Lead poisoning occurs when lead builds up in the body, often over a period of months or years. Even small amounts of lead can cause serious health problems. Children under the age of 6 are especially vulnerable to lead poisoning, which can severely affect mental and physical development. Even when exposed to small amounts of lead levels, children may appear inattentive, hyperactive and irritable. Children with greater lead levels may also have problems with learning and reading, delayed growth and hearing loss. At very high levels, lead poisoning can be fatal.
Lead-based paint and lead-contaminated dust in older buildings (built before 1950) are the most common sources of lead poisoning in children. Other sources include contaminated air, water and soil. Some children may eat or swallow chips of paint (pica) which increases their risk of exposure to lead. Adults who work with batteries, home renovations or in auto repair shops also may be exposed to lead.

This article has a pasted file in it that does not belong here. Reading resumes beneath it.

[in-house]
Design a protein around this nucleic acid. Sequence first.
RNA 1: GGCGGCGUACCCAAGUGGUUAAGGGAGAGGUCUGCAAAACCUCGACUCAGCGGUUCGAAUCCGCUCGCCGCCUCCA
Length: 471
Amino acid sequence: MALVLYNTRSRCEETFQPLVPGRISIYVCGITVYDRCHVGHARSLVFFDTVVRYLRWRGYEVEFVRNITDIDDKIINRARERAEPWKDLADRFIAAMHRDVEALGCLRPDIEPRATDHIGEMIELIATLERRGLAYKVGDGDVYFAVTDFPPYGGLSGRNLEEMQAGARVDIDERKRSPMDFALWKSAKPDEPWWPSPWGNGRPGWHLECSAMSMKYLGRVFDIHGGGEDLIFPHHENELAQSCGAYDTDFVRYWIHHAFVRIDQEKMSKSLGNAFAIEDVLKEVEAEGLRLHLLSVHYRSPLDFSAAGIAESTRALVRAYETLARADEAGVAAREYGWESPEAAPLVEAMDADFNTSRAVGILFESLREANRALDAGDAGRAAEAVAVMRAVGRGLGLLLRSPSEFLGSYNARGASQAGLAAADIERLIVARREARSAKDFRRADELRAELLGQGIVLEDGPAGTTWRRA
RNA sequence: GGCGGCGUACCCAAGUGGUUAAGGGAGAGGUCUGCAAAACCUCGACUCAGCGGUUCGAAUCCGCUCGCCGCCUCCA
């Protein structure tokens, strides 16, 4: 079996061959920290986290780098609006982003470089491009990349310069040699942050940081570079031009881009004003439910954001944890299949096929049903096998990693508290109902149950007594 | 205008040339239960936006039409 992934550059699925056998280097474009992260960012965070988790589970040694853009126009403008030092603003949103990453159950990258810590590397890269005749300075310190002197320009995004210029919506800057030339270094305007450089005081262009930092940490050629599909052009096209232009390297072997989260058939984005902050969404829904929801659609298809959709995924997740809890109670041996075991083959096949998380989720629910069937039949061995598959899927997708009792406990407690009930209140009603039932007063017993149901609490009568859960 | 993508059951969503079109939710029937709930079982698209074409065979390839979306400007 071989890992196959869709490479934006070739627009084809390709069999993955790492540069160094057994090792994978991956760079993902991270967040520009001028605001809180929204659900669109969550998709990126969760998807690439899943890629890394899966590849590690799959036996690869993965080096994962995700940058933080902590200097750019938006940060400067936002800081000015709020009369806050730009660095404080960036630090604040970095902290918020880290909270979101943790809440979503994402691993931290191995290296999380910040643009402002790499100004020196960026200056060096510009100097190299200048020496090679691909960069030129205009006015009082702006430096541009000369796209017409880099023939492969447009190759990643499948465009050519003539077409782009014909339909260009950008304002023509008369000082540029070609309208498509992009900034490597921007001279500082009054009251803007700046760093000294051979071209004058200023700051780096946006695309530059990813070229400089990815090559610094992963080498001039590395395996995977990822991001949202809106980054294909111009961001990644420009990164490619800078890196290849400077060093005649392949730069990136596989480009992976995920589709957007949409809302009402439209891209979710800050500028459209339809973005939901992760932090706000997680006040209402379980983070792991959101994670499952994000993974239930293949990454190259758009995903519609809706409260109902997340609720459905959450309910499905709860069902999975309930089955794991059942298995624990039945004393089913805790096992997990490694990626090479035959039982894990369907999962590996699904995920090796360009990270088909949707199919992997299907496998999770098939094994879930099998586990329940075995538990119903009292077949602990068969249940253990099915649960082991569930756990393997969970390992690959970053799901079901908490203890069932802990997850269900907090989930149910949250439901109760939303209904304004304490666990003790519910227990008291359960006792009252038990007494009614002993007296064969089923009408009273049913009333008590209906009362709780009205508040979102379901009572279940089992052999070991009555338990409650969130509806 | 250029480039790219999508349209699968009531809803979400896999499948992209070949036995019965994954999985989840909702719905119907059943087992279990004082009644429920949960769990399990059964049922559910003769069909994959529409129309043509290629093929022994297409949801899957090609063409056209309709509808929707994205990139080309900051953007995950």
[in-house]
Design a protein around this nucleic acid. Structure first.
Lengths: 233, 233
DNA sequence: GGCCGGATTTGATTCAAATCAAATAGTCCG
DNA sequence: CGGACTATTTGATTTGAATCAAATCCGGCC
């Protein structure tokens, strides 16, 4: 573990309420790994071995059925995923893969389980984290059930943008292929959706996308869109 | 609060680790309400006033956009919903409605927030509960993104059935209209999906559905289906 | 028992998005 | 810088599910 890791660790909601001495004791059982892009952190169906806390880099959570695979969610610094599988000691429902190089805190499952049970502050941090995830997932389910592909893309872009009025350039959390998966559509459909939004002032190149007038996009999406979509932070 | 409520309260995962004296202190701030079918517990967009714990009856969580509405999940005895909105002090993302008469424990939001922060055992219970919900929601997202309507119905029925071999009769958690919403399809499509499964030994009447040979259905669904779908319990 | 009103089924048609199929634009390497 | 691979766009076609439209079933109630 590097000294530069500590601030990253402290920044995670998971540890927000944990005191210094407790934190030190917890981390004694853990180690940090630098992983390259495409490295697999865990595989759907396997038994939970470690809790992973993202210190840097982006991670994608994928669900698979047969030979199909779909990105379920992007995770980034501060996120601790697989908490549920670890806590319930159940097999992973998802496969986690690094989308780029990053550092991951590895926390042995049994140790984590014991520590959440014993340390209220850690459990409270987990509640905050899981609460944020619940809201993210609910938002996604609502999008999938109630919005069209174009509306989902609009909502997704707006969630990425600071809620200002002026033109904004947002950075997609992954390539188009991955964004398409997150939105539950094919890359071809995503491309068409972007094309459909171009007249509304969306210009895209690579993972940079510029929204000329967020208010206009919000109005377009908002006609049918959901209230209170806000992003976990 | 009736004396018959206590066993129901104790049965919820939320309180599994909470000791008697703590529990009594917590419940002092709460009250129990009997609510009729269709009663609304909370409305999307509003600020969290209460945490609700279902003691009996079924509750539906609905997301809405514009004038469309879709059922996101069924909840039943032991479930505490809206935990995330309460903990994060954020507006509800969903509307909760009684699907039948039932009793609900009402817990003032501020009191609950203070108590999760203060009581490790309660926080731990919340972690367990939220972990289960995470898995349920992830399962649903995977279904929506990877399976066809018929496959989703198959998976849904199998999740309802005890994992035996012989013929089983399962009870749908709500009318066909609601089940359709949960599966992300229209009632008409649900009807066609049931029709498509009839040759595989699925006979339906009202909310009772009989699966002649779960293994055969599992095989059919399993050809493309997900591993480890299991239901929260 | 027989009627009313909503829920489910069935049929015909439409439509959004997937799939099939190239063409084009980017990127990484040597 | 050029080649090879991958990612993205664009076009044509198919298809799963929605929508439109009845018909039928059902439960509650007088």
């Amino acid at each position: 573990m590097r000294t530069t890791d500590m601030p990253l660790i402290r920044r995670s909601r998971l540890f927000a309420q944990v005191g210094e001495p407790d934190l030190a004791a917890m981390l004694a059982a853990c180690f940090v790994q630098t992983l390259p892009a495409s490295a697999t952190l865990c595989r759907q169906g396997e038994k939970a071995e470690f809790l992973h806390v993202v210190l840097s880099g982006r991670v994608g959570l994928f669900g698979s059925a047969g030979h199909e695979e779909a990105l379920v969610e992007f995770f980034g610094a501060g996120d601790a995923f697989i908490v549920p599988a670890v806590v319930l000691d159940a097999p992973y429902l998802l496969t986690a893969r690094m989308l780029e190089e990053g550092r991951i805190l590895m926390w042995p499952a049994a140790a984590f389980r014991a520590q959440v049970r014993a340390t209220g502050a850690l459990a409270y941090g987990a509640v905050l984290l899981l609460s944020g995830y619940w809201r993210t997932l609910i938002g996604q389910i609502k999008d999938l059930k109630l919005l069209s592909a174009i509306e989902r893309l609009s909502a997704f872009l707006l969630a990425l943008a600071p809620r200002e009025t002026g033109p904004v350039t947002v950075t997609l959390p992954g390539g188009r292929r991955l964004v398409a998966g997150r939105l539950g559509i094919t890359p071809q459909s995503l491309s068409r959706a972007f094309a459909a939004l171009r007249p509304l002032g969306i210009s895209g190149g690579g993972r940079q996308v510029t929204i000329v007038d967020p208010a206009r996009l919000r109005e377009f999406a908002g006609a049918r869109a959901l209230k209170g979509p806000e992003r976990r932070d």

Lead exposure is one of the most common preventable poisonings of childhood. Data from the Center for Disease Control (CDC) show that 6% of all children ages 1-2 years and 11% of black (non-Hispanic) children ages 1-5 years have blood lead levels in the toxic range. Lead is a potent poison that can affect individuals at any age. Children with developing bodies are especially vulnerable because their rapidly developing nervous systems are particularly sensitive to the effects of lead.
While treatment is available for lead poisoning, some simple precautions can help prevent it….and that’s where Household Guardians comes in!
* Information from Mayo Clinic and American Academy of Child & Adolescent Psychiatry